As businesses attempt to improve processes and approaches within their organisation, they look to new management methodologies in order to do so. From Kanban to Lean, there are a whole host of business models that can be leveraged when business performance plateaus and starts to cause problems for a company.
A branch of the Lean approach, Six Sigma expands on that model by focusing on increasing the effectiveness of management while simultaneously serving to reduce errors along the way. By providing a structured method for resolving problems, it can vastly improve an organisation's performance – as long as it's implemented properly.
Here, we'll define the features of the Six Sigma process, the kinds of benefits it can achieve, and the principles and methodology associated with the model itself.
What is Six Sigma?
We've already talked about the Lean business model, a process that achieves its aims by altering ineffective practices, disposing of unprofitable products and improving the productivity of teams. Six Sigma, closely linked to Lean, is a system of statistical tools and techniques focused on eliminating defects. While many different definitions for Six Sigma have been suggested, they all share some common threads:
Ultimately, the goal of Six Sigma is a defect-free process that decreases process variation and boosts profits, employee morale, and quality of products or services.
The benefits of Six Sigma
Used by a diverse array of businesses across the globe, Six Sigma’s fact-based, data-driven philosophy has a whole host of benefits. However big your business is and whatever sector it’s in, Six Sigma provides a standard approach to problem-solving that allows you to reap several highly-effective advantages, including the below:
Operational cost is always a factor when running a business. The Six Sigma methodology can provide a path that significantly reduces an organisation’s exposure to risks, while also serving to increase efficiency when it comes to delivering a product or service.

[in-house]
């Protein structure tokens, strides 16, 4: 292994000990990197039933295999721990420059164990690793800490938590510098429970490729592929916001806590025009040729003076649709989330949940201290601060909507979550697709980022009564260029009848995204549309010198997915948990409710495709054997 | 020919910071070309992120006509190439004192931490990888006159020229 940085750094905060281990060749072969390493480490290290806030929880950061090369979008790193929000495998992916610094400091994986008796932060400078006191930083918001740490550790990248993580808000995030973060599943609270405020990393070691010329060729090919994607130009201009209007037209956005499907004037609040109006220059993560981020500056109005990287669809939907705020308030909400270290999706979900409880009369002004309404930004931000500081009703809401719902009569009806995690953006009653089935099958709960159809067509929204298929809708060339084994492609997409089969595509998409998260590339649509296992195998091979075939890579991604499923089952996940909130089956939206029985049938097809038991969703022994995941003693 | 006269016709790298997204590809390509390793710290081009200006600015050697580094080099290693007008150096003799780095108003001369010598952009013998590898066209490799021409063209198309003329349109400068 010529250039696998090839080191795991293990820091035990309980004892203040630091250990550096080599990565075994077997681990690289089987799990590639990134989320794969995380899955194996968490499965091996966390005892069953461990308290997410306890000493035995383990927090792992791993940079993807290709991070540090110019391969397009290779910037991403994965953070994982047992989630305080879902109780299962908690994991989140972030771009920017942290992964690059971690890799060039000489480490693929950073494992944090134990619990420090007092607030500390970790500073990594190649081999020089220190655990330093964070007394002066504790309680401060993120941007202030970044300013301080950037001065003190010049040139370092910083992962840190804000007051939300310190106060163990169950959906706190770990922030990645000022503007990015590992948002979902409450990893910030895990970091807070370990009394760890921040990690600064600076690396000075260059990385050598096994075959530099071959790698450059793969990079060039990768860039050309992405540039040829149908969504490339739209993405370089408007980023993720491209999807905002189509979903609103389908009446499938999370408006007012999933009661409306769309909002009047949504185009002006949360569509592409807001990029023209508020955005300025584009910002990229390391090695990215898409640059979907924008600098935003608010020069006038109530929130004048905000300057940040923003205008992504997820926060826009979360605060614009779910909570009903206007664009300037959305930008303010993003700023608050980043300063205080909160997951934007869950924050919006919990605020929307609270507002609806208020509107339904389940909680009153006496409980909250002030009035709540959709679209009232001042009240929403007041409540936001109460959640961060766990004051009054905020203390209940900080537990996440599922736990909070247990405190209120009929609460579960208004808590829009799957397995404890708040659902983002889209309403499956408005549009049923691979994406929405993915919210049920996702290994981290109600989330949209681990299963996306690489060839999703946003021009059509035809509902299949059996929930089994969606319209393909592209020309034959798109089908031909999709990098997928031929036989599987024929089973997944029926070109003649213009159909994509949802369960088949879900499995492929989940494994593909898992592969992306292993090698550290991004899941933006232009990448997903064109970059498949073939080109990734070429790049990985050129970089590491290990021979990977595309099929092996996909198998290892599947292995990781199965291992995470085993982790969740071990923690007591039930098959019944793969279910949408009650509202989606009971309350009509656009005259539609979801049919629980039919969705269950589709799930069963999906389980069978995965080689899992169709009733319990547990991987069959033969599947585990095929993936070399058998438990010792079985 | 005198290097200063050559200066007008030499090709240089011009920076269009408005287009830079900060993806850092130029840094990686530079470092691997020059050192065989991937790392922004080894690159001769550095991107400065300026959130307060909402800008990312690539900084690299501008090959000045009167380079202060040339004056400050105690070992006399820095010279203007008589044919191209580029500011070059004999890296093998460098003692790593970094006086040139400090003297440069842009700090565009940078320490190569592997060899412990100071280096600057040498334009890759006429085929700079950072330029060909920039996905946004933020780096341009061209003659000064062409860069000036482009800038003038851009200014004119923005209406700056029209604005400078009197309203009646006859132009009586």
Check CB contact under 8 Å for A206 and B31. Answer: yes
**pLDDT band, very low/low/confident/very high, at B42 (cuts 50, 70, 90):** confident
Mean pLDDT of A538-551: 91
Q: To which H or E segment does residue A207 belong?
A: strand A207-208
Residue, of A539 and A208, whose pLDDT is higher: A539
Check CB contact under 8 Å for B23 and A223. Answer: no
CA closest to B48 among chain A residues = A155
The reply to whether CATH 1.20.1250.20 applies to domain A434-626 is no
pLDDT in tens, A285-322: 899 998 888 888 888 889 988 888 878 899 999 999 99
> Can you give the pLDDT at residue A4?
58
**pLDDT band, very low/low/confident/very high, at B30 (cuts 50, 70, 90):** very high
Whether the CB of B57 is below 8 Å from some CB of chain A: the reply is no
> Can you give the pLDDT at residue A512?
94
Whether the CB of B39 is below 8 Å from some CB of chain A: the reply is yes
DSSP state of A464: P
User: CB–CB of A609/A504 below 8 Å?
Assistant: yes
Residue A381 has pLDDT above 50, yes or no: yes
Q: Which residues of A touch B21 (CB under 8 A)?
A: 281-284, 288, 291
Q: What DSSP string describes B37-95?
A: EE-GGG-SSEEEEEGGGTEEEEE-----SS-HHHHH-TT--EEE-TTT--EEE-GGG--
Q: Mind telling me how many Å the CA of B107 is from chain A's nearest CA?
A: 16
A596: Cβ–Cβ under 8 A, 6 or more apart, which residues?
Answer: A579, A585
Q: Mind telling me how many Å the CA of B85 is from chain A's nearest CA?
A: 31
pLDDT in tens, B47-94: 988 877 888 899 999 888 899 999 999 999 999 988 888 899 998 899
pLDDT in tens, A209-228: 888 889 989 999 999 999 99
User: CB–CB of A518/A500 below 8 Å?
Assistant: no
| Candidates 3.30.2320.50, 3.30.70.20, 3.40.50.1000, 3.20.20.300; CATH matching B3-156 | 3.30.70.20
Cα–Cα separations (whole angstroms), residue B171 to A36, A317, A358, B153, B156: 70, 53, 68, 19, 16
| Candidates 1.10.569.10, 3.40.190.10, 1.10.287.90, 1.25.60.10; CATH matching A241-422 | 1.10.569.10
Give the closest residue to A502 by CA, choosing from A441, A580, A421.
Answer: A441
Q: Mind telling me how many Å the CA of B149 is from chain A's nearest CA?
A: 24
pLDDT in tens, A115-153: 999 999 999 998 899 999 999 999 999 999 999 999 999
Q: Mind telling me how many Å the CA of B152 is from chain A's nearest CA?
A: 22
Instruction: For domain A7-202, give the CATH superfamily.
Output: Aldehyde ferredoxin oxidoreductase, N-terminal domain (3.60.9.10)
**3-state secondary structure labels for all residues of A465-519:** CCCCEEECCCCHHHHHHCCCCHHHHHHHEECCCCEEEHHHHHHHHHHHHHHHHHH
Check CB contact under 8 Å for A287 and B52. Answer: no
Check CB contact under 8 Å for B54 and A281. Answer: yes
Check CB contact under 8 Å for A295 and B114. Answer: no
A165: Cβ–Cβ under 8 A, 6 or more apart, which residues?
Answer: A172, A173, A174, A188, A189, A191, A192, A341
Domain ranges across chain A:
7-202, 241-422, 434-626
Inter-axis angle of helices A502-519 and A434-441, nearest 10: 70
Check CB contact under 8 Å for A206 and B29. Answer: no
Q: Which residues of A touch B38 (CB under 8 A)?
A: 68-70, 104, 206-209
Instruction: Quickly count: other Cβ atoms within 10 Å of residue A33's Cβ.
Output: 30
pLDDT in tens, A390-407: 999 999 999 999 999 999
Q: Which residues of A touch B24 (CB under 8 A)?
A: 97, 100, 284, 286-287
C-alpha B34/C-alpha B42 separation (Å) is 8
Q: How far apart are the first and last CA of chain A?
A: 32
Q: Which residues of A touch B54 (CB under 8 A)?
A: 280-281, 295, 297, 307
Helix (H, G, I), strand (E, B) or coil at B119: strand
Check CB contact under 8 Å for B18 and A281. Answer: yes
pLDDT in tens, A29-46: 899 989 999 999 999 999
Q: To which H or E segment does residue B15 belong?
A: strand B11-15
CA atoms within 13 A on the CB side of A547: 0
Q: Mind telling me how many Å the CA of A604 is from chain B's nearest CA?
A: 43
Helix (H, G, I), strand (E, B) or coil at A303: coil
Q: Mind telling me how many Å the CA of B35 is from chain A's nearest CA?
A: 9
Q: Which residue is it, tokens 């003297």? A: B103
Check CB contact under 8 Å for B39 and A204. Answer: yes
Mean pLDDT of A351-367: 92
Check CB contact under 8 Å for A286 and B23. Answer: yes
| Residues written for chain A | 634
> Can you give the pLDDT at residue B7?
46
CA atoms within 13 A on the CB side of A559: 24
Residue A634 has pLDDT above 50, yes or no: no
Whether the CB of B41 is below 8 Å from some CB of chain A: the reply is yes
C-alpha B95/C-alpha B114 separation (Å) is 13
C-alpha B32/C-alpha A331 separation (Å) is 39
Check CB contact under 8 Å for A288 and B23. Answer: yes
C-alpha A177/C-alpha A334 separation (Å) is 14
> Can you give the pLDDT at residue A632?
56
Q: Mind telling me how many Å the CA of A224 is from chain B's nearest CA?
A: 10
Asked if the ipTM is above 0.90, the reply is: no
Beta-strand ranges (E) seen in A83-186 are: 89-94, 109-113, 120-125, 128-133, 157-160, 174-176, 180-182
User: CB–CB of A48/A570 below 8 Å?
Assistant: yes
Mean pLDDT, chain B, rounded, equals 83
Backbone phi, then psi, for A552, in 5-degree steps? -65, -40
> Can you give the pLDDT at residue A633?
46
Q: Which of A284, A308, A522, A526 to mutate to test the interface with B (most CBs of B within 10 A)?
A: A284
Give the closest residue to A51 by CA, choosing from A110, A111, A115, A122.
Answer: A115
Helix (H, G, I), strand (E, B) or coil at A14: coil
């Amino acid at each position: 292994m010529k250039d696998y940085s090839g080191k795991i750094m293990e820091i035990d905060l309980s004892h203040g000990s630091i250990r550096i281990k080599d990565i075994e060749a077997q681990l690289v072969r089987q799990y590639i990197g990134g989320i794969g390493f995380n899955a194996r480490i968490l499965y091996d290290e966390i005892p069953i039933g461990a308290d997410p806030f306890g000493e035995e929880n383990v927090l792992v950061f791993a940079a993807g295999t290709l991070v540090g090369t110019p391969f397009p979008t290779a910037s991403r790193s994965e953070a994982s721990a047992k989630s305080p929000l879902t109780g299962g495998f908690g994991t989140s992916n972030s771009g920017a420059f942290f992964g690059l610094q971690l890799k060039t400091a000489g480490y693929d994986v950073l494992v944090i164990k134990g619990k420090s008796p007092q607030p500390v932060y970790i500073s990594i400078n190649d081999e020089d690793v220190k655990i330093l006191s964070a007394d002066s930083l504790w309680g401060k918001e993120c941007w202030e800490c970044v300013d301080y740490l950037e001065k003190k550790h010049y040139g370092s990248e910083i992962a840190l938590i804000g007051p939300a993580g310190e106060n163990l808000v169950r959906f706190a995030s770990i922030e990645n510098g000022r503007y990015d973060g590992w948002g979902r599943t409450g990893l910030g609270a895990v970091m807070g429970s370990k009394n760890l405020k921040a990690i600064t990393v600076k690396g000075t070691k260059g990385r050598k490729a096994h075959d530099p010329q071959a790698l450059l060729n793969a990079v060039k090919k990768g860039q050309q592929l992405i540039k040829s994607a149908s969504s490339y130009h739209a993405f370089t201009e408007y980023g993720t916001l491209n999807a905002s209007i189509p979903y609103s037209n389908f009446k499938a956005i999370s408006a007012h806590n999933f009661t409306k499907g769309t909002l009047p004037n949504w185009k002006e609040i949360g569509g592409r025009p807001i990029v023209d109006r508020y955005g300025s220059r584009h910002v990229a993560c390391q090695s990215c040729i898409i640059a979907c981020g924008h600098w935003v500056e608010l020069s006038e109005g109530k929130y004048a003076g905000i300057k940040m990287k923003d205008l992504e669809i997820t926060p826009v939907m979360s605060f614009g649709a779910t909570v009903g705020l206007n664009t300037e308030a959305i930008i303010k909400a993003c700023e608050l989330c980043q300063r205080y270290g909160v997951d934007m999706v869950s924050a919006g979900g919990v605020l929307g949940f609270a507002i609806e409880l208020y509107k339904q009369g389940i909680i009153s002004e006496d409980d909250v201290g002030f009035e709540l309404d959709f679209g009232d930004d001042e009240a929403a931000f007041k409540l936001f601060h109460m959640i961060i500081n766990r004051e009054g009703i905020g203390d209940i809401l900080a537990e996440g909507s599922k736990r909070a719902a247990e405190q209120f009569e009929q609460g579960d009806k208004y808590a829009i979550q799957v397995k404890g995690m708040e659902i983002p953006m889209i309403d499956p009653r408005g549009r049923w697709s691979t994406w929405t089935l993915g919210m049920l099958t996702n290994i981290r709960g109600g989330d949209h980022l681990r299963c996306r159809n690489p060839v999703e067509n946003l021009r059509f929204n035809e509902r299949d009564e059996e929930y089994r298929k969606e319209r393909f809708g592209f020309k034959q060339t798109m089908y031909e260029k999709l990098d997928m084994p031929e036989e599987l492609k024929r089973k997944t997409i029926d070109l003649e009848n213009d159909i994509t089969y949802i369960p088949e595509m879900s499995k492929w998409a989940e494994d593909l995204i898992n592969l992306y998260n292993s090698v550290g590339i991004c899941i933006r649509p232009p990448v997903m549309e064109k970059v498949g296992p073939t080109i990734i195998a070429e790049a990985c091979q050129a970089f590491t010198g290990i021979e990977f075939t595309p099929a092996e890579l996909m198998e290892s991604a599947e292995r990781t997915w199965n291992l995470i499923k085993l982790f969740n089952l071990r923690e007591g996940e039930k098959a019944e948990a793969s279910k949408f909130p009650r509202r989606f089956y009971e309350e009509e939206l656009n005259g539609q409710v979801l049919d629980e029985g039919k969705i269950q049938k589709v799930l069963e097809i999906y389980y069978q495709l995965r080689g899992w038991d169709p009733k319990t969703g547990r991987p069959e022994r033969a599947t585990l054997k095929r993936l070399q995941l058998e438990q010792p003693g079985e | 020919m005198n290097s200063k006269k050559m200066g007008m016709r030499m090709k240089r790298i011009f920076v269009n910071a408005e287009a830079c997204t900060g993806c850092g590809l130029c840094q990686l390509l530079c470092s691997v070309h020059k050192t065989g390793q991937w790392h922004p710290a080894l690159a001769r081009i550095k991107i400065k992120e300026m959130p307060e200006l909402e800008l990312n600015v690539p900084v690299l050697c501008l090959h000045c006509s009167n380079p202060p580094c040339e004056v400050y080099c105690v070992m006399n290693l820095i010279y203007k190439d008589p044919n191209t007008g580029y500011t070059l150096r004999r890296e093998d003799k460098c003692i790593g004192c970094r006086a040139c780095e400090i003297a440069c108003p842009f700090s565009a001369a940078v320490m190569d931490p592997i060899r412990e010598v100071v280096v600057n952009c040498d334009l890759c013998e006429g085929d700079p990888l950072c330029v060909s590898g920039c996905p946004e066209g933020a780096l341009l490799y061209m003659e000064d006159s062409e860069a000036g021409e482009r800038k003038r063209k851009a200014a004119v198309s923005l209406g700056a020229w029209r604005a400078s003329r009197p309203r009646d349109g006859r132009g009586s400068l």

Reducing the cost of a project involves a decrease in process cycle time, turnaround or LEAD time, i.e. the delay between initiation and execution of a task. Six Sigma aims to produce a standardised end result with fewer touchpoints, hand-offs, non-value-adding activities, reworks and failures.
Taken together, this reduction in stages cuts the costs for the company in terms of hard and soft savings. Lower budgets, fewer employees and reduction of prices paid on purchasing contracts all fall under the hard savings bracket, while soft savings come in the form of results from the project, like less inventory, lower cycle times and reduced scrap.
By streamlining the process output, the methodology can improve the on-time delivery of products or service each time. Six Sigma projects can be targeted towards a reduction in the number of machine setups or hours involved in the manufacturing process. Additionally, the production of assembly lines, where applicable, can be improved, while processes can be fully or partially automated wherever manual intervention is higher than required.
Difficult areas can be eased using the methodology. Before you begin any Six Sigma project, it’s important to quantify or define all aspects of efficiency or timeliness; analyse the defect with the help of data, facts, figures and information.
On the more technical side of things, Six Sigma can improve accuracy by reducing Defects-Per-Million-Opportunities (DPMO) across the value stream in the process. DPMO is a probabilistic measure of error rate or capability of a business or manufacturing process, taking into account both actual defects and the number of probable defects in every opportunity. Six Sigma offers a systematic way to measure process accuracy as it aims to prevent the occurrence of defects.
Stabilising the relationships you have with your customers is a massively valuable element of running a business; after all, they can be your most vocal critics should things go wrong. Six Sigma projects can identify the number of variations customers are experiencing, the reasons behind these variations and, ultimately, how the number of unhappy customers can be reduced.
When you improve the DSO (Days Sales Outstanding) in the business, the cash flow increases concurrently. The higher the DSO, the lesser the ability of the company to convert credit sales into cash. Invoicing processes, accounts payable and account receivable processes all add to increase process variation, which Six Sigma aims to reduce, allowing for a smoother overall process that narrows down the elements associated with cash generation.
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Principles and methodology
The five steps of the Six Sigma process form the acronym DMAIC, which is defined as:
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